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Boehm elected to National Academy of Engineering This article appeared in the USC Chronicle March 4, 1996 (Volume 15, Number 23)
Adleman, Boehm elected to National Academy of Engineering
by Eric Mankin

Two members of the School of Engineering's Department of Computer Science have been elected to the National Academy of Engineering (NAE), among the highest professional distinctions in the field.

The election of Leonard M. Adleman and Barry W. Boehm to the ranks of the prestigious body brings the number of USC members to 18. In addition to these 18, three members of USC's Board of Trustees - board president Malcolm R. Curr ie and trustees Allen E. Puckett and Richard J. Stegemeier - belong to the organization.

"The election of Len and Barry is a welcome sign that the quality of the university's scientific faculty is becoming more widely recognized," said dean of engineering Leonard M. Silverman, himself a member of the academy. "I congratulate th em on their well-deserved achievement and thank them for the honor their efforts have brought to the school."

President Steven B. Sample also hailed the elections. "Here at USC, we have long been aware of the extraordinary scientific work performed by Professors Adleman and Boehm. Professor Adleman's recent DNA research has stretche d the dimensions of the field of computer science. Professor Boehm's work has made software design less trial-and-error and more of an engineering disclipline. I'm delighted to see their pioneering work recognized by the world's m ost prestigious engineering body."

Adleman holds the Henry Salvatori Chair in Computer Science. His NAE election citation notes his "contributions to the theory of computation and cryptography."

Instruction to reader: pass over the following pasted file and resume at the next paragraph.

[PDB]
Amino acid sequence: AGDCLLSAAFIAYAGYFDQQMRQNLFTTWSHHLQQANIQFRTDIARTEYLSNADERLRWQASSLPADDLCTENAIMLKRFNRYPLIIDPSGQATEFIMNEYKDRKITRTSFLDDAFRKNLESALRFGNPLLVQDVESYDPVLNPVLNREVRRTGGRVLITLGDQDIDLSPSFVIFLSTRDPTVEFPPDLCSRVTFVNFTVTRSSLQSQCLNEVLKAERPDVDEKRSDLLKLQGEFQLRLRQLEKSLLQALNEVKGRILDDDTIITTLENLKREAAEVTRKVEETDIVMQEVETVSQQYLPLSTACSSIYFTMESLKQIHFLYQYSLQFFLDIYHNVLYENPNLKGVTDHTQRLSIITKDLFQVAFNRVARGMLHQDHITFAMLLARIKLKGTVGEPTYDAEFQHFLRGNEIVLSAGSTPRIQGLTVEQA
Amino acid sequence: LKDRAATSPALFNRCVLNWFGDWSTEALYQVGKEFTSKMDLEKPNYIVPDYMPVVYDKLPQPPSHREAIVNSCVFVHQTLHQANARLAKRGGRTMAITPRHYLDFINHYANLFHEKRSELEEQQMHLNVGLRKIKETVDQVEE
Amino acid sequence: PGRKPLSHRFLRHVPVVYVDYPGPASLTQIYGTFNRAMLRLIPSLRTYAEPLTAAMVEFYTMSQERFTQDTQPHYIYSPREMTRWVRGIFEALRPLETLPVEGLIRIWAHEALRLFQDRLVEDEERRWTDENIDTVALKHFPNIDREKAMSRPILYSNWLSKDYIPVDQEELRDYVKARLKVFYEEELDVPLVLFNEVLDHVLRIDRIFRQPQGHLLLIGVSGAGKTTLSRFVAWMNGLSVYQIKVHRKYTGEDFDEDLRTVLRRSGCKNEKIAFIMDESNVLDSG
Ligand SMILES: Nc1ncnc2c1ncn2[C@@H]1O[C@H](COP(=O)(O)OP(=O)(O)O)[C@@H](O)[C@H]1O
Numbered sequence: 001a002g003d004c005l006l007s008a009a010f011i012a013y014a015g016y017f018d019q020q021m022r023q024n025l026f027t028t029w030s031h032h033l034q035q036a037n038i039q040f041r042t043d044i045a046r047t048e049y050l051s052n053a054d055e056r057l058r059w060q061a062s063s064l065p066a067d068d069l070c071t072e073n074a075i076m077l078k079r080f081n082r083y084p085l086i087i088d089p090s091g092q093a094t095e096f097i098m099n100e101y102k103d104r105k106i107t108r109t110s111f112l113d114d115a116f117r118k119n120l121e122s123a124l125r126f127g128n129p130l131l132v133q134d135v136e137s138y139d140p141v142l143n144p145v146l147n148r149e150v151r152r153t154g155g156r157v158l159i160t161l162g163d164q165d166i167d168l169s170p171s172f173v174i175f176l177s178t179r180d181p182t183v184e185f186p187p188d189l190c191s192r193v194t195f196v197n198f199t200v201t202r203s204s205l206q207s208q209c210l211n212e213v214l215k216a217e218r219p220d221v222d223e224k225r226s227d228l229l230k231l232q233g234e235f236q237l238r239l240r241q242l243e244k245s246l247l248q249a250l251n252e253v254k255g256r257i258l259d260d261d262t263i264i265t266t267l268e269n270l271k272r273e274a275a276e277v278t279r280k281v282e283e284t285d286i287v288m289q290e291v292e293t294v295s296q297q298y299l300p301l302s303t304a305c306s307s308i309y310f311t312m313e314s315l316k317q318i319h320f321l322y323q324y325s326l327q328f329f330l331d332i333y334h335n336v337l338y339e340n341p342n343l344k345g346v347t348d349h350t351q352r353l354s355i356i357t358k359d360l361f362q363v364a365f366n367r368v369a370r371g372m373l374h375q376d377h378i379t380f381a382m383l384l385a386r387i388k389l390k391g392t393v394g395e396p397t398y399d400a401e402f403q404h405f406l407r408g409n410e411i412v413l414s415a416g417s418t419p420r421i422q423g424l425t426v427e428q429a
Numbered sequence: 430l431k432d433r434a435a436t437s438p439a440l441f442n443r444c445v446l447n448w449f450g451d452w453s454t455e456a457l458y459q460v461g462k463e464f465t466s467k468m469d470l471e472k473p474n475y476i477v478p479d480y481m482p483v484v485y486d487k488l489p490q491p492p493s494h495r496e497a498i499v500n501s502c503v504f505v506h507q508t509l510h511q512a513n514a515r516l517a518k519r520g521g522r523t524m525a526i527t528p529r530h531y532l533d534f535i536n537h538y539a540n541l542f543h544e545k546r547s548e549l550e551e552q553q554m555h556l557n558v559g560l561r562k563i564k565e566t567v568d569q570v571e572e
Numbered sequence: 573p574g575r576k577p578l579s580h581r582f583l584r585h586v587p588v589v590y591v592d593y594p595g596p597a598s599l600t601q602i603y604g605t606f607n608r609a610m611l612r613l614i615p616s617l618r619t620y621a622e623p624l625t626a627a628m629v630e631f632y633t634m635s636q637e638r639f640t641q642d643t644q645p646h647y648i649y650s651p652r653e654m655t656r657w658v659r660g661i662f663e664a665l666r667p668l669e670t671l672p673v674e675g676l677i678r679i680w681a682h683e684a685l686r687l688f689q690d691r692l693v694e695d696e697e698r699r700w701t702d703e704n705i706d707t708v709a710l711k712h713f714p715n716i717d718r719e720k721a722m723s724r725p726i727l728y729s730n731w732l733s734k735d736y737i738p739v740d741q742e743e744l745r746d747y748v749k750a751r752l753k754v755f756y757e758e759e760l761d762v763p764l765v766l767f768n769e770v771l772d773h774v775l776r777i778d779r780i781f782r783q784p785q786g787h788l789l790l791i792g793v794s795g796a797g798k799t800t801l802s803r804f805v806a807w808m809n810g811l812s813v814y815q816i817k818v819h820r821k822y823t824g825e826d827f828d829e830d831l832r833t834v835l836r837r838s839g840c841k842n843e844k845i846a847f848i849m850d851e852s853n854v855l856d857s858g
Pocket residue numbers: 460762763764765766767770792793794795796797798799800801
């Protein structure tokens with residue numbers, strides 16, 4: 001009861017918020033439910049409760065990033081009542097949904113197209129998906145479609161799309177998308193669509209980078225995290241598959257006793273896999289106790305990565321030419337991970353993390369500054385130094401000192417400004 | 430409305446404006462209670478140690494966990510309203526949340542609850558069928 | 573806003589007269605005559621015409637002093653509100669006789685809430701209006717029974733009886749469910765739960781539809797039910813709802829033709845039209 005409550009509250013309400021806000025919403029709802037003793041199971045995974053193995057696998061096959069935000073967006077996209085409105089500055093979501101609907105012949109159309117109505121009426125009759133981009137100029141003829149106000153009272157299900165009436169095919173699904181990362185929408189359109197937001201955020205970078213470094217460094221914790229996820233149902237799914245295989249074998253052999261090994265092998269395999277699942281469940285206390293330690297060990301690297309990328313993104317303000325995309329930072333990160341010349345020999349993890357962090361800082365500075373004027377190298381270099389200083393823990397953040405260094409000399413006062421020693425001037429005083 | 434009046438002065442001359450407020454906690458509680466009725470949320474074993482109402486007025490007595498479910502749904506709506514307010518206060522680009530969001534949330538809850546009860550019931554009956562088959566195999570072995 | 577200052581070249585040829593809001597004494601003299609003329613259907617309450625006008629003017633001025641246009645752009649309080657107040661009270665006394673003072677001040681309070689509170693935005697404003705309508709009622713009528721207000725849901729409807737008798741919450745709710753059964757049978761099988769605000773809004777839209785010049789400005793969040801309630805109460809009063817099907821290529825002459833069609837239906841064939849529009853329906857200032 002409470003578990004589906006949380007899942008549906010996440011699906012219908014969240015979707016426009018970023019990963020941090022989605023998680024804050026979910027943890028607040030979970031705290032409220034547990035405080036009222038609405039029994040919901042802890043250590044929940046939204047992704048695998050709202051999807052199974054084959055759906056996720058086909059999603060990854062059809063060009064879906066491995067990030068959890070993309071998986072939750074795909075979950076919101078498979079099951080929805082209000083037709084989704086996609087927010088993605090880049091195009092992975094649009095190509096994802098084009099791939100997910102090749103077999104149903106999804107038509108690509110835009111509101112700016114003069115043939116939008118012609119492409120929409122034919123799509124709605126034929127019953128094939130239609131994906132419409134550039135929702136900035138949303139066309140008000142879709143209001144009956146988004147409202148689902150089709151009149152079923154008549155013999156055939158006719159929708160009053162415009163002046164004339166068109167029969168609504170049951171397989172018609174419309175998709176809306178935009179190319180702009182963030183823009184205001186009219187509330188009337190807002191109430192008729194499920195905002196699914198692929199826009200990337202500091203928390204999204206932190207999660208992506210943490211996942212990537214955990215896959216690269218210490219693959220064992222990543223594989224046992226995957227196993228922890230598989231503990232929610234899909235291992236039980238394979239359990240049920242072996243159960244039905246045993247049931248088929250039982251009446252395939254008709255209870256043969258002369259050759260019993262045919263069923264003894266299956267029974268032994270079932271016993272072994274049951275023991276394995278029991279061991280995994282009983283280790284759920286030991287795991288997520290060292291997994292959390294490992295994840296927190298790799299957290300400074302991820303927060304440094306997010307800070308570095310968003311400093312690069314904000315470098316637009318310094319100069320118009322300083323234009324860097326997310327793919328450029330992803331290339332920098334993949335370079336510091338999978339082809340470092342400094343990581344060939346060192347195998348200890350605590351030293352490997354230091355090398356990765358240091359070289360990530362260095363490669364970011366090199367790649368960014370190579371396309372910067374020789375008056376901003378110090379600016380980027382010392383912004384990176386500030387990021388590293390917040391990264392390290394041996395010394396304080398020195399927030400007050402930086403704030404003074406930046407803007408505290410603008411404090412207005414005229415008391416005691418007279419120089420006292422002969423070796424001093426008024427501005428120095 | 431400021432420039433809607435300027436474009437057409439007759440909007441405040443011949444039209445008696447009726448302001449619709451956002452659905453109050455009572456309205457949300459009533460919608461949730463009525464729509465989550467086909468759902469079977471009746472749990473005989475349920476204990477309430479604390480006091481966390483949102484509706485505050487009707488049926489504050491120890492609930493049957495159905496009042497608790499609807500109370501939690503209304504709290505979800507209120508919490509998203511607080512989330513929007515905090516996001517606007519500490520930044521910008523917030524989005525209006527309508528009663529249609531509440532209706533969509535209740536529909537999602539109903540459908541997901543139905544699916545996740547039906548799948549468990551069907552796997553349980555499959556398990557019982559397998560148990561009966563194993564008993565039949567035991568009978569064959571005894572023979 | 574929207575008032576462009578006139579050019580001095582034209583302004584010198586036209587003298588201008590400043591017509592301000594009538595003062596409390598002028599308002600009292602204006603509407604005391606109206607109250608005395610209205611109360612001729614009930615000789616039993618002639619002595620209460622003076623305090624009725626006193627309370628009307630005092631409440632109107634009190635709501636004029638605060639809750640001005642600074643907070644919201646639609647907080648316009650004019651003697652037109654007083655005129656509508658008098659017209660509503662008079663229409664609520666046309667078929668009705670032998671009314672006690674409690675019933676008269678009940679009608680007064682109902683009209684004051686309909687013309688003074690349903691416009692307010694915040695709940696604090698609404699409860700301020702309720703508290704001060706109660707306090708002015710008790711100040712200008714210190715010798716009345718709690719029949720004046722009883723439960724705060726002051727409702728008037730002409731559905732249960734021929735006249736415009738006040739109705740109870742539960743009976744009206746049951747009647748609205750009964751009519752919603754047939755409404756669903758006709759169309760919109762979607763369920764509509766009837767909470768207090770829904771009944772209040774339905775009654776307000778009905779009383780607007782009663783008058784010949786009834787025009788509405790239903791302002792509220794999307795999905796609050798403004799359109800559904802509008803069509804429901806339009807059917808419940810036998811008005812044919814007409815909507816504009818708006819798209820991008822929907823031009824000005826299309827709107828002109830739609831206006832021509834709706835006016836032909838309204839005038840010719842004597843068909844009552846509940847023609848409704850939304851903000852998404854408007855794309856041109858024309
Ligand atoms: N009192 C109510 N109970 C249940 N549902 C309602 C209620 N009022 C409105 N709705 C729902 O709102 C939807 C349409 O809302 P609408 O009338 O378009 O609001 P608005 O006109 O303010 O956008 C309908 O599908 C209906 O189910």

His contributions in this area include work developing the now widely-used RSA system for data encryption - the "A" in RSA stands for Adleman.

Adleman also made international headlines in 1994, when he published a paper in Science demonstrating that the genetic material DNA can be used as a computational medium. He is working to develop this insight in a newly established laboratory. Another not able publication was a new probabilistic test to establish if a given number is prime.

Adleman coined the term "computer virus" to describe the first example of the bug, which was programmed by a student in his class in 1983. He has also put forth a highly original hypothesis explaining a peculiarity in the immune system's respons e to a real virus - HIV. The hypothesis has since been confirmed in repeated tests.

"It is an honor to join such a distinguished group of researchers," said Adleman, who has been at USC since 1980. "I want to thank the university for providing a fertile environment for scientific research."


Photo- IRENE FERTIK

Leonard M. Adleman
Boehm is TRW Professor of Software Engineering in the Department of Computer Science. His election citation notes his "contributions to computer and software architectures and to models of cost, quality, and risk for aerospace systems."